I recently had a chance to read Economics: A Very Short Introduction, by Partha Dasgupta, published in 2007. Page 52-54 is a passage teaching the definition of private goods, public non-exclusable goods, and externalities, and then applying these terms as a economic model of cultures. There is an axiom among the engineering community that, “All models are wrong (to some extent); some models are useful.” Dasgupta’s model demonstrates internal inconsistencies and deviates from reality, making it significantly wrong and questionably useful.
The definition of public good matches my understanding of the US constitutional phrase “for the common good.” In this nation, we have come to a state of giving cell phones, laptops, and monthly checks from our government into individual persons’ names (to become their individual private good) while we simultaneously fit this operation under the constitutional phrase “for the common good”. It seems government actions don’t honor Dasgupta’s definitions of private and public goods, so the model comes under suspicion.
The rest of the book passage uses the economic model to show how taxes and government incentives evolve in either a rich or poor culture. However, two faulty assumptions undermine the entire passage and viability of the economic model.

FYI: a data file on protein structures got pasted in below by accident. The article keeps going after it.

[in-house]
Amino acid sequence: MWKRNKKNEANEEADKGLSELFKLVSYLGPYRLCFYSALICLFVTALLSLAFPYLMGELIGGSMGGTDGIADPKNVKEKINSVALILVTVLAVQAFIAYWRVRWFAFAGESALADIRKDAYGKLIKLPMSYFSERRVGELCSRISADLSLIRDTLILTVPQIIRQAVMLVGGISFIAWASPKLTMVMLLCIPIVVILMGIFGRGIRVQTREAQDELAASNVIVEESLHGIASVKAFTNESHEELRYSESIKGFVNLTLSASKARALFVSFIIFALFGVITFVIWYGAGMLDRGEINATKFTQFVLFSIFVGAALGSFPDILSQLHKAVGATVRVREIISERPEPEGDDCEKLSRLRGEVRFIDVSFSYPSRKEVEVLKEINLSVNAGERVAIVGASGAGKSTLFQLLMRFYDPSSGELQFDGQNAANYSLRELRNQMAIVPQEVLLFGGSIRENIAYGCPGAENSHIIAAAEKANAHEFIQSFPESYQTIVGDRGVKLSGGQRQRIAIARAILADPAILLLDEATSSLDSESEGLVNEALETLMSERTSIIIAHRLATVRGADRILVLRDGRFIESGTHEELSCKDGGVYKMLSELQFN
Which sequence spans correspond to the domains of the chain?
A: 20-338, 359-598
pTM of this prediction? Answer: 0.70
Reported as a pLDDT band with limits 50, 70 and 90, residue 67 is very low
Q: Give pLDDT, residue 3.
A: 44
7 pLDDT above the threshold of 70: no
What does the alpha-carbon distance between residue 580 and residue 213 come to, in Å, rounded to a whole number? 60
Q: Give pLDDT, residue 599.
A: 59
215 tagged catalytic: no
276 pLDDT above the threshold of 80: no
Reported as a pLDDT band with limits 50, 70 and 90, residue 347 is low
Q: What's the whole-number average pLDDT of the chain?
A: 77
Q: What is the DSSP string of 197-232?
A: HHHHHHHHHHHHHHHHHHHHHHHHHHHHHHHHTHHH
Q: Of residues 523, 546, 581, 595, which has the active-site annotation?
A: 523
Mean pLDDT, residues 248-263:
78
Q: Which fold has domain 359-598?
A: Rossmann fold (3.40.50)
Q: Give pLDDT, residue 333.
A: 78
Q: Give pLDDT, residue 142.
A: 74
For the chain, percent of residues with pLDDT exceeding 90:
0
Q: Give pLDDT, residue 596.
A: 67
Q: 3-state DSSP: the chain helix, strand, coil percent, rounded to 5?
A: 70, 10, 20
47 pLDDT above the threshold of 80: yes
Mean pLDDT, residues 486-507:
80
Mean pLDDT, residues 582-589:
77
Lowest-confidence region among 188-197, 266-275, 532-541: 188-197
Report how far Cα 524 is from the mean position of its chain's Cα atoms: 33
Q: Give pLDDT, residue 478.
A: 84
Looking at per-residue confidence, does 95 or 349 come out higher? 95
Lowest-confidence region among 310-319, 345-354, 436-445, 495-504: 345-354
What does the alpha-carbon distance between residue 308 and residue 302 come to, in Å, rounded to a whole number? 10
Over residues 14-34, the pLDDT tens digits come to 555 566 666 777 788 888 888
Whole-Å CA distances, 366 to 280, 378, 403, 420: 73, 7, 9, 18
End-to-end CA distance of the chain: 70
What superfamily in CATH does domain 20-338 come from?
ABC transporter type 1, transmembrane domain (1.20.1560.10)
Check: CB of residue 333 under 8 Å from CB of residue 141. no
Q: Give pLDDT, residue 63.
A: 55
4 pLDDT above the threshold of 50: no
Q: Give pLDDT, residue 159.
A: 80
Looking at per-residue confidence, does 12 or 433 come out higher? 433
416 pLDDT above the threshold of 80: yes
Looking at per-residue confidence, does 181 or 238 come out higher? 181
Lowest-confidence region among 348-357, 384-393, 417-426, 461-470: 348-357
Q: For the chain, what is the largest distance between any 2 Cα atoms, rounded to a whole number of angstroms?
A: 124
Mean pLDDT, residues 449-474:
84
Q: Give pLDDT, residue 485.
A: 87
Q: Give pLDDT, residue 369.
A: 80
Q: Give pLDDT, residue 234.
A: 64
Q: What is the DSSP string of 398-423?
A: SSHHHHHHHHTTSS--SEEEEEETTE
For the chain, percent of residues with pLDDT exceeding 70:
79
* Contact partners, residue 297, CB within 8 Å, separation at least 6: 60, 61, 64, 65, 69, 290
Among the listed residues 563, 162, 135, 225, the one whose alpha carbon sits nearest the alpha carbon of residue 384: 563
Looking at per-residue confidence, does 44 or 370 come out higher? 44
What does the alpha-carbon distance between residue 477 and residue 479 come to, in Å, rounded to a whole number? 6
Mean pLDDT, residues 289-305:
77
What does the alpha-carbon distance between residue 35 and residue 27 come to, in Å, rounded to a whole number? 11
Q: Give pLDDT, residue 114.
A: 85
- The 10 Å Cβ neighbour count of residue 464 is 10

First, Dasgupta identifies that governments or collectives (GOCs) are used to make more good in society and reduce bad in society. Okay, so far. However, he fails to address that GOCs do not create or source resources they use toward that goal. They are only a conduit of resources. Resources must come from those governed or collectivized. What gives a GOC the right to take private goods from one person as allocated by (based on your belief system) chance or God, and convert those private goods into public goods and thence private goods of someone else? That process tramples over the model’s definition of private good and public good. I am not questioning whether this should be done or not. I am pointing out that nothing in the model definitions would allow this to happen.
Secondly, even if you decide that it’s acceptable do take private goods from one person and give to another person, the author ignores acceptable metrics to guide what we should do. He uses the words “good” and “bad” without definition, and thus assumes we all agree on what is good or bad. We do not.
A proper analysis requires one to ask, “Who gets to define good and bad?”, definitions with which GOCs can then operate to optimize good or minimize bad. The real power is not with the process of taking and redistributing resources, but rather in the ownership of the word “good” or “bad”. The author ignores these definition, and in these definitions lies the power. A economic model should not ignore the most powerful agent.
If someone else gets to invade my private goods, the model is internally inconsistent because the private goods bucket definition is not honored and the private goods bucket of items can be arbitrarily diminished or emptied based on the will of some other person or some other organization that is most powerful and not included in the model.
In summary, the model defines words and then uses them in an inconsistent way, it assumes meaning of words that reliably engender disagreement, and it fails to recognize the most powerful (although un-named) actor. It seems his model is wrong in known ways, and therefore has limited utility.